Italian Scientists Map the Genomes of Two Donkeys

As published on HorseTalk

photo by Terry Fitch of Wild Horse Freedom Federation

photo by Terry Fitch of Wild Horse Freedom Federation

Scientists who sequenced the genome of two donkeys named Peppe and Pippo found more similarities with the horse genome than previous research has suggested.

The Italian research involved one of the first uses of an Ion Proton sequencer – a next-generation semiconductor-based sequencing platform – to investigate a complex and large genome.

The scientists from the universities of Bologna and Messina obtained the genetic make-up of the two unrelated male donkeys from Sicily and compared the data with information available from the previously mapped donkey draft genome from an animal reared at the Copenhagen Zoo, as well as EquCab2.0 horse genome.

Luca Fontanesi and his colleagues found that the genomes of Peppe and Pippo were more closely aligned with the horse genome than the draft donkey genome…(CONTINUED)

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7 comments on “Italian Scientists Map the Genomes of Two Donkeys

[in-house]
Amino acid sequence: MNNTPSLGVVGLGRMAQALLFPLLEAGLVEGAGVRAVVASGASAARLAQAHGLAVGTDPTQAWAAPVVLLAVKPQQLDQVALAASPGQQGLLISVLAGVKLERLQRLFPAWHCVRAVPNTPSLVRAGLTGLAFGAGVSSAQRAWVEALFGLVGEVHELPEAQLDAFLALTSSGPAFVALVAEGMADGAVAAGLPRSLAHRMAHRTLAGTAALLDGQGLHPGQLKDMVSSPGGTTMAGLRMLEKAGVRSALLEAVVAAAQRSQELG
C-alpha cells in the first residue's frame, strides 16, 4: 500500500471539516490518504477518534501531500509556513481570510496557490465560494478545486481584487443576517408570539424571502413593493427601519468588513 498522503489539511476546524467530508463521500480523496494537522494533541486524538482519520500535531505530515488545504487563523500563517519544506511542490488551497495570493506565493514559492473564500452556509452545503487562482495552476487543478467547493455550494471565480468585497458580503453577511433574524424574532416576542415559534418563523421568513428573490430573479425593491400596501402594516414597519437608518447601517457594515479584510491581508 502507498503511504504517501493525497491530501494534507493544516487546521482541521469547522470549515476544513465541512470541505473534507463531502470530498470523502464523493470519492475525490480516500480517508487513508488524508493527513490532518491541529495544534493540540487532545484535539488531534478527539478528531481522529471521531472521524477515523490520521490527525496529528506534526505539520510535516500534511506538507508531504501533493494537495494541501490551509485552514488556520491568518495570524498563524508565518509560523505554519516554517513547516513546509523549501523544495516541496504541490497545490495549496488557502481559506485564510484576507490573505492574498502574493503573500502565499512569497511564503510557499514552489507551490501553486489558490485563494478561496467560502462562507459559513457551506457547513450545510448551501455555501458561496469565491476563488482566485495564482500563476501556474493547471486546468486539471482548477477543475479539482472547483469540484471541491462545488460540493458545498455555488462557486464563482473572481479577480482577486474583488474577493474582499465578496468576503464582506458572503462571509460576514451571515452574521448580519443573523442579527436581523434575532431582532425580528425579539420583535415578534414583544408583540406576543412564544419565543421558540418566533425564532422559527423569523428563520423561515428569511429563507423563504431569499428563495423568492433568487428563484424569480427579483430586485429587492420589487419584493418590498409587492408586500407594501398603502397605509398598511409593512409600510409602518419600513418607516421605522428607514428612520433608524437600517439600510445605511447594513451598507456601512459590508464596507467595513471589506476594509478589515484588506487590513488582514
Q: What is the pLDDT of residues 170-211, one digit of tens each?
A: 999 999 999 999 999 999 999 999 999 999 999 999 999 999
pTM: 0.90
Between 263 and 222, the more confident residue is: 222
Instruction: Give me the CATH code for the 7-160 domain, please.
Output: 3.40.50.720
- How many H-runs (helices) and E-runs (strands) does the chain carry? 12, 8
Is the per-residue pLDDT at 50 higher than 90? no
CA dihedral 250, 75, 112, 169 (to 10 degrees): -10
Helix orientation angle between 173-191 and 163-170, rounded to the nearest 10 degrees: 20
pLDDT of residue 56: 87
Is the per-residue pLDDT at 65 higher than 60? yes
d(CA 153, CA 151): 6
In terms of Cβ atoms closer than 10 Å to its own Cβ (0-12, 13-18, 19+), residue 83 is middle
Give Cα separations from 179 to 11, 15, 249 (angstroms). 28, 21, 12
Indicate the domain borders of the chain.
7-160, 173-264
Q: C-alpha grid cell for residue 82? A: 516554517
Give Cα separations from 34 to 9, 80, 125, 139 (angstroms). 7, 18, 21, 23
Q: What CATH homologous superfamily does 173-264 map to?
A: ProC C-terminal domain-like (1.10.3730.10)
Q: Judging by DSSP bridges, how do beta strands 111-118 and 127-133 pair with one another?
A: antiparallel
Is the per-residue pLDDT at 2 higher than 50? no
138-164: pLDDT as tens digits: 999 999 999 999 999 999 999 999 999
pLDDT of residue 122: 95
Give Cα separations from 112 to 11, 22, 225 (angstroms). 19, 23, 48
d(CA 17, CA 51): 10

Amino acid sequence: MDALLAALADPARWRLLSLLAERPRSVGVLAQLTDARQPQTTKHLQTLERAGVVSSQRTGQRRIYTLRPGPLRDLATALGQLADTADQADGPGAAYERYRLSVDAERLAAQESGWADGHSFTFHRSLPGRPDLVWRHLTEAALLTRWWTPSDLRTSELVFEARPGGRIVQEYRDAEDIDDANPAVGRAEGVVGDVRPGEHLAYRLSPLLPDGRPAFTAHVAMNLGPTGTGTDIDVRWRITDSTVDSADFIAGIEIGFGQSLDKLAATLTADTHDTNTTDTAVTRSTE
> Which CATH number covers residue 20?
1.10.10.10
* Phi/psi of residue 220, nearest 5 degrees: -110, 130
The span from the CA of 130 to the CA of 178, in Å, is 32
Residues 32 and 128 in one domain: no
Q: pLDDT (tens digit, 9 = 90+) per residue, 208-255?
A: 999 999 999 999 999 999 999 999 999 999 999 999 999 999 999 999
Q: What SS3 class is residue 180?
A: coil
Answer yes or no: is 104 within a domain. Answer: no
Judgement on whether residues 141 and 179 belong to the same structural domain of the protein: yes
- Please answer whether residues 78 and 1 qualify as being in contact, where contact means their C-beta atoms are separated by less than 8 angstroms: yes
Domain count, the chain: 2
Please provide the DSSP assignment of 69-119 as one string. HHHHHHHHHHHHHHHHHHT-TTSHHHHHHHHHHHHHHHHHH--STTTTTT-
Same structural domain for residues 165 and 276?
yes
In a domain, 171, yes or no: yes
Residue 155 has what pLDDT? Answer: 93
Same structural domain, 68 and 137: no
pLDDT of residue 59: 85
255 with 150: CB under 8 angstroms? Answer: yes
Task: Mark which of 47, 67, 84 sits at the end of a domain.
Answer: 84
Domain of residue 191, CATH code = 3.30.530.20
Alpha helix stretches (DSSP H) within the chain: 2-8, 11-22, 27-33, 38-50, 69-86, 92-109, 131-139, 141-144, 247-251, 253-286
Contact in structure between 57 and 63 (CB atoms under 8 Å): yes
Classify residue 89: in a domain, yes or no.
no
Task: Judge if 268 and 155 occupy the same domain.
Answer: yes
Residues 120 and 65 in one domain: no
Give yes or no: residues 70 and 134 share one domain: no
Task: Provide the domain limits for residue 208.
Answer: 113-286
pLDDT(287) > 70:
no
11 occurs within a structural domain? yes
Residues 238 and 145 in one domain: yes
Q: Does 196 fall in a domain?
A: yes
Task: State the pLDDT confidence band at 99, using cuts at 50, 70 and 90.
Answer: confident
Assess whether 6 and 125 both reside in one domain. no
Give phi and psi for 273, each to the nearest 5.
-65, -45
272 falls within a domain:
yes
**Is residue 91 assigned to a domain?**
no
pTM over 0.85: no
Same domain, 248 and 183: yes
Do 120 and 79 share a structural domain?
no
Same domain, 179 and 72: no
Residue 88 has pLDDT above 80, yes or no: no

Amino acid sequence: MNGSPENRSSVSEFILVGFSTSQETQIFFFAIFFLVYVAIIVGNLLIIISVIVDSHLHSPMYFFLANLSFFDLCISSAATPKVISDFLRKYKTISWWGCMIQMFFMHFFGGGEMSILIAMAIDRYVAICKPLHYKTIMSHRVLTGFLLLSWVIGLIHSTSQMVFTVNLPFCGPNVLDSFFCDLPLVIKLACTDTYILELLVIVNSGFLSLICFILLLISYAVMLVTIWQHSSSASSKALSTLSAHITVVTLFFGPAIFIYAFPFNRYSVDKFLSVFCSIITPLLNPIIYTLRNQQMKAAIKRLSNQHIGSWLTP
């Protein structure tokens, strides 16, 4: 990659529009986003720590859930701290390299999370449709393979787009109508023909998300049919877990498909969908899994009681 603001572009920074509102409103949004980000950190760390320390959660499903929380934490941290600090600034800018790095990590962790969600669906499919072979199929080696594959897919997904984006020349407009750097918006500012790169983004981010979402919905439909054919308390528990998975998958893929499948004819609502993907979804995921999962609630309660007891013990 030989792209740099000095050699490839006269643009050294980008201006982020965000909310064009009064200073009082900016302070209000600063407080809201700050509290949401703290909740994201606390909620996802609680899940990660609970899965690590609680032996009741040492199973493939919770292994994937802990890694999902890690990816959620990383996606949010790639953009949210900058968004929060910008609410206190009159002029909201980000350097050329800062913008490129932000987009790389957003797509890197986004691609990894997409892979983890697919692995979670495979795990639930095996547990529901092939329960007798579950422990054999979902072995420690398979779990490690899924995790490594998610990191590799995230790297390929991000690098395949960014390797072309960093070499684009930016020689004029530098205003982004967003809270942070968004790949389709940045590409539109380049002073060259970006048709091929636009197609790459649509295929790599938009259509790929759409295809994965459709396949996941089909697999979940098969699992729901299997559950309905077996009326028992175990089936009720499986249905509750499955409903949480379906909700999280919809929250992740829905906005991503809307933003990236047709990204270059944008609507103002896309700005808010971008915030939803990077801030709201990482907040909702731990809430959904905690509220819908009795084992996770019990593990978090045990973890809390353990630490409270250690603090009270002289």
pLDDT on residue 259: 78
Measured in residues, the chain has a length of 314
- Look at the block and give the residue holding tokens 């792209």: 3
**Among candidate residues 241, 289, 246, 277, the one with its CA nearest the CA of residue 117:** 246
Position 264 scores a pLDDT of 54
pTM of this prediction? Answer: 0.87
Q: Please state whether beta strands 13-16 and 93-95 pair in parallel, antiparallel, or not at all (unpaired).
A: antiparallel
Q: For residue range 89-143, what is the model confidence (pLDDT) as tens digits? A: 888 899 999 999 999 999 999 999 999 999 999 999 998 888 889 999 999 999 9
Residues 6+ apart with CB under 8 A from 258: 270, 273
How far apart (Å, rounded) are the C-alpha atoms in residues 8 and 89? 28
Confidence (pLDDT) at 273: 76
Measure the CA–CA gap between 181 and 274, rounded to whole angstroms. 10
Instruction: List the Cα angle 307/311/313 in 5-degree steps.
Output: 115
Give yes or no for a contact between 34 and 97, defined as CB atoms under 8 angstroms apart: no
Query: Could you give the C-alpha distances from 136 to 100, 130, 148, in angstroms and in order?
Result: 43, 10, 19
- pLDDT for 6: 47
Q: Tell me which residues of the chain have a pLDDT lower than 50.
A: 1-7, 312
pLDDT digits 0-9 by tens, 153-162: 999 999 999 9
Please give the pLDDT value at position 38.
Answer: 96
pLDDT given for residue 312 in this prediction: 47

1. There is a lot I don’t know, but I have learned that scientists found ancient mitochondrial DNA of the modern horse in the Stephen’s Village area of the Yukon in a study published in the PNAS December 29,2009, by Haile, J.et al. The identity of the horse species was hidden in Table 1. where the link is somewhat misplaced, but it is there or the last time I looked, it was still there.

    So the modern horse species (Equus caballus) was in the table since it was one of the eight subjects of the research on megafaunal extinctions. However, on p. 14 of the the Supplementary information, the presence of the burro (E. asinus), donkey (E. hermionus), and the zebra (E. bruchelli) were also found. This makes sense because the horse is believed to be the last of the modern equids to evolve. Scientists do not know which of the preceding forms may have joined to form E. caballus. It looks to me like one of them had to be E. bruchelli since there are so many horses with the striped legs and dorsal stripes, but I have not found any research that has discussed the most recent findings. There is a lot going on.

    It might make sense for the Italian donkeys to be closest to the horse because some of the horses from North America used the Iberian peninsula as a refruga and were there quite a long time without any new horses being introduced due to geological events that separated the peninsular from the mainland. I think this is pretty exciting.

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